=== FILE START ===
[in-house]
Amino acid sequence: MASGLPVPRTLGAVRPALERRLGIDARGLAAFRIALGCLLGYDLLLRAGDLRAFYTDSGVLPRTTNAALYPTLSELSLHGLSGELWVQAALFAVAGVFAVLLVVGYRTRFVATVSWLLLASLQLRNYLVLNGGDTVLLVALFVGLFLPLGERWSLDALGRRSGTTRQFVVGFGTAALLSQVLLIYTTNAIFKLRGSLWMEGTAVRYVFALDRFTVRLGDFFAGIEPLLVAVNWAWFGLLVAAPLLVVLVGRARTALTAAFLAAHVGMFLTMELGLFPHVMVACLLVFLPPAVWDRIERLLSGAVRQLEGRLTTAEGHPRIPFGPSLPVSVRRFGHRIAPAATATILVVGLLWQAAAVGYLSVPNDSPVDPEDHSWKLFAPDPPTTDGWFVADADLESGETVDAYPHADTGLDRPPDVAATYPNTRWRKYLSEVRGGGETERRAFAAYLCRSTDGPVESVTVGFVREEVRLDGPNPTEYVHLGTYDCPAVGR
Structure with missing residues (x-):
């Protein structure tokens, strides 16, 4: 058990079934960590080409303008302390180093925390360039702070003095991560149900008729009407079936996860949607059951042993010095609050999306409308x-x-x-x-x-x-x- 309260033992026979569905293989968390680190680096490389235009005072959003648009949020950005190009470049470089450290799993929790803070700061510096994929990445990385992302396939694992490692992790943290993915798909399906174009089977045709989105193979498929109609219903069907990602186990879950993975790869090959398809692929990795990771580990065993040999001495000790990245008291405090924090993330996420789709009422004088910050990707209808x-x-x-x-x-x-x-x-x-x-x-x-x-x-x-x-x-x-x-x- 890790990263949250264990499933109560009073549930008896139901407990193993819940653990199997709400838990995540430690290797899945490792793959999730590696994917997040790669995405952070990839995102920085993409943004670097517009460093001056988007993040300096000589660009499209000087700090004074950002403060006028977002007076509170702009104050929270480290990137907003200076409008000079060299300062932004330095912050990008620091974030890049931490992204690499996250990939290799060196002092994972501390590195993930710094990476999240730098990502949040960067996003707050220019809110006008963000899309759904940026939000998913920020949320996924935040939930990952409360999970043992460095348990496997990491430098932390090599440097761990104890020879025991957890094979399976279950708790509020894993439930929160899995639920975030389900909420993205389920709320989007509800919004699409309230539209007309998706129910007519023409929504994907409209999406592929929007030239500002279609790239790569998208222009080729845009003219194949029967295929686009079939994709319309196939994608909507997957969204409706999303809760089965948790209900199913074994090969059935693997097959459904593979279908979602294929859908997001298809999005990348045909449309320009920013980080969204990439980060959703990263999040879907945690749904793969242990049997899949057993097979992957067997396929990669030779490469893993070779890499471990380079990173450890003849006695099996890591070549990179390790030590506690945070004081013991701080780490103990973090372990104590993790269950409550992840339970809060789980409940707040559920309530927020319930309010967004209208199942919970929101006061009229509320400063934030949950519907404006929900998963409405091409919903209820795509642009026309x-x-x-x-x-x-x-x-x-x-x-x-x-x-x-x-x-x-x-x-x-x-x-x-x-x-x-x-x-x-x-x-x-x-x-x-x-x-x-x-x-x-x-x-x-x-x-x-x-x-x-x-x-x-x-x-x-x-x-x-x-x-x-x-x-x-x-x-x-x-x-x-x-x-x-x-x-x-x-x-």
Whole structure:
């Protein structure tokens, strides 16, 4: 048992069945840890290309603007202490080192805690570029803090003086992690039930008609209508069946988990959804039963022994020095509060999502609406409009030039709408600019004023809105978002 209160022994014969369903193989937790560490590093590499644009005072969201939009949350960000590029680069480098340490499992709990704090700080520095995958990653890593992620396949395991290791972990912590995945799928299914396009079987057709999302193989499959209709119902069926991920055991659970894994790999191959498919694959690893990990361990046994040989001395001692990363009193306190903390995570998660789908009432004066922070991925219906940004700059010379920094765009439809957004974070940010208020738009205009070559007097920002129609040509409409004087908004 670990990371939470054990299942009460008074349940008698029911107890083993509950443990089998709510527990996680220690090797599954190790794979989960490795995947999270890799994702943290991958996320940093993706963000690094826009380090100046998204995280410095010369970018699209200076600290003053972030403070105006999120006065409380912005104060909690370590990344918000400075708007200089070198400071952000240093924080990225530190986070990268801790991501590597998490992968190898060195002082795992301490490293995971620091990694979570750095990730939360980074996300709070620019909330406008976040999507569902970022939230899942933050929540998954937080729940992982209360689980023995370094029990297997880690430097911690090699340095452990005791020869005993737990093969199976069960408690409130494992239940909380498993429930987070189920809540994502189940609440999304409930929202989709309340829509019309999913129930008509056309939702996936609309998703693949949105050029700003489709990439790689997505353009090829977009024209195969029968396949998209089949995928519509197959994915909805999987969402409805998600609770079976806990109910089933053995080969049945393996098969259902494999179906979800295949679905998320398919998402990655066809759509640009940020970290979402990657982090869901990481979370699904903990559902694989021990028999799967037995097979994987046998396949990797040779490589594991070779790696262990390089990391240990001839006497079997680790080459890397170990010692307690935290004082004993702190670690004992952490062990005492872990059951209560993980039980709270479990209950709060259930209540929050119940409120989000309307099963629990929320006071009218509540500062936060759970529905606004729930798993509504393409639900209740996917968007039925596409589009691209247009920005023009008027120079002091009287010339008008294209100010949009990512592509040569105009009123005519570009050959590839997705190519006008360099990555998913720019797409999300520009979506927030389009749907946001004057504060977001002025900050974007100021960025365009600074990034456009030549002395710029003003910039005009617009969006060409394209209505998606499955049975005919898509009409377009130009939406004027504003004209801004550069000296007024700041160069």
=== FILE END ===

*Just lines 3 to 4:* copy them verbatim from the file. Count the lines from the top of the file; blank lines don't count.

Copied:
Structure with missing residues (x-):
């Protein structure tokens, strides 16, 4: 058990079934960590080409303008302390180093925390360039702070003095991560149900008729009407079936996860949607059951042993010095609050999306409308x-x-x-x-x-x-x- 309260033992026979569905293989968390680190680096490389235009005072959003648009949020950005190009470049470089450290799993929790803070700061510096994929990445990385992302396939694992490692992790943290993915798909399906174009089977045709989105193979498929109609219903069907990602186990879950993975790869090959398809692929990795990771580990065993040999001495000790990245008291405090924090993330996420789709009422004088910050990707209808x-x-x-x-x-x-x-x-x-x-x-x-x-x-x-x-x-x-x-x- 890790990263949250264990499933109560009073549930008896139901407990193993819940653990199997709400838990995540430690290797899945490792793959999730590696994917997040790669995405952070990839995102920085993409943004670097517009460093001056988007993040300096000589660009499209000087700090004074950002403060006028977002007076509170702009104050929270480290990137907003200076409008000079060299300062932004330095912050990008620091974030890049931490992204690499996250990939290799060196002092994972501390590195993930710094990476999240730098990502949040960067996003707050220019809110006008963000899309759904940026939000998913920020949320996924935040939930990952409360999970043992460095348990496997990491430098932390090599440097761990104890020879025991957890094979399976279950708790509020894993439930929160899995639920975030389900909420993205389920709320989007509800919004699409309230539209007309998706129910007519023409929504994907409209999406592929929007030239500002279609790239790569998208222009080729845009003219194949029967295929686009079939994709319309196939994608909507997957969204409706999303809760089965948790209900199913074994090969059935693997097959459904593979279908979602294929859908997001298809999005990348045909449309320009920013980080969204990439980060959703990263999040879907945690749904793969242990049997899949057993097979992957067997396929990669030779490469893993070779890499471990380079990173450890003849006695099996890591070549990179390790030590506690945070004081013991701080780490103990973090372990104590993790269950409550992840339970809060789980409940707040559920309530927020319930309010967004209208199942919970929101006061009229509320400063934030949950519907404006929900998963409405091409919903209820795509642009026309x-x-x-x-x-x-x-x-x-x-x-x-x-x-x-x-x-x-x-x-x-x-x-x-x-x-x-x-x-x-x-x-x-x-x-x-x-x-x-x-x-x-x-x-x-x-x-x-x-x-x-x-x-x-x-x-x-x-x-x-x-x-x-x-x-x-x-x-x-x-x-x-x-x-x-x-x-x-x-x-």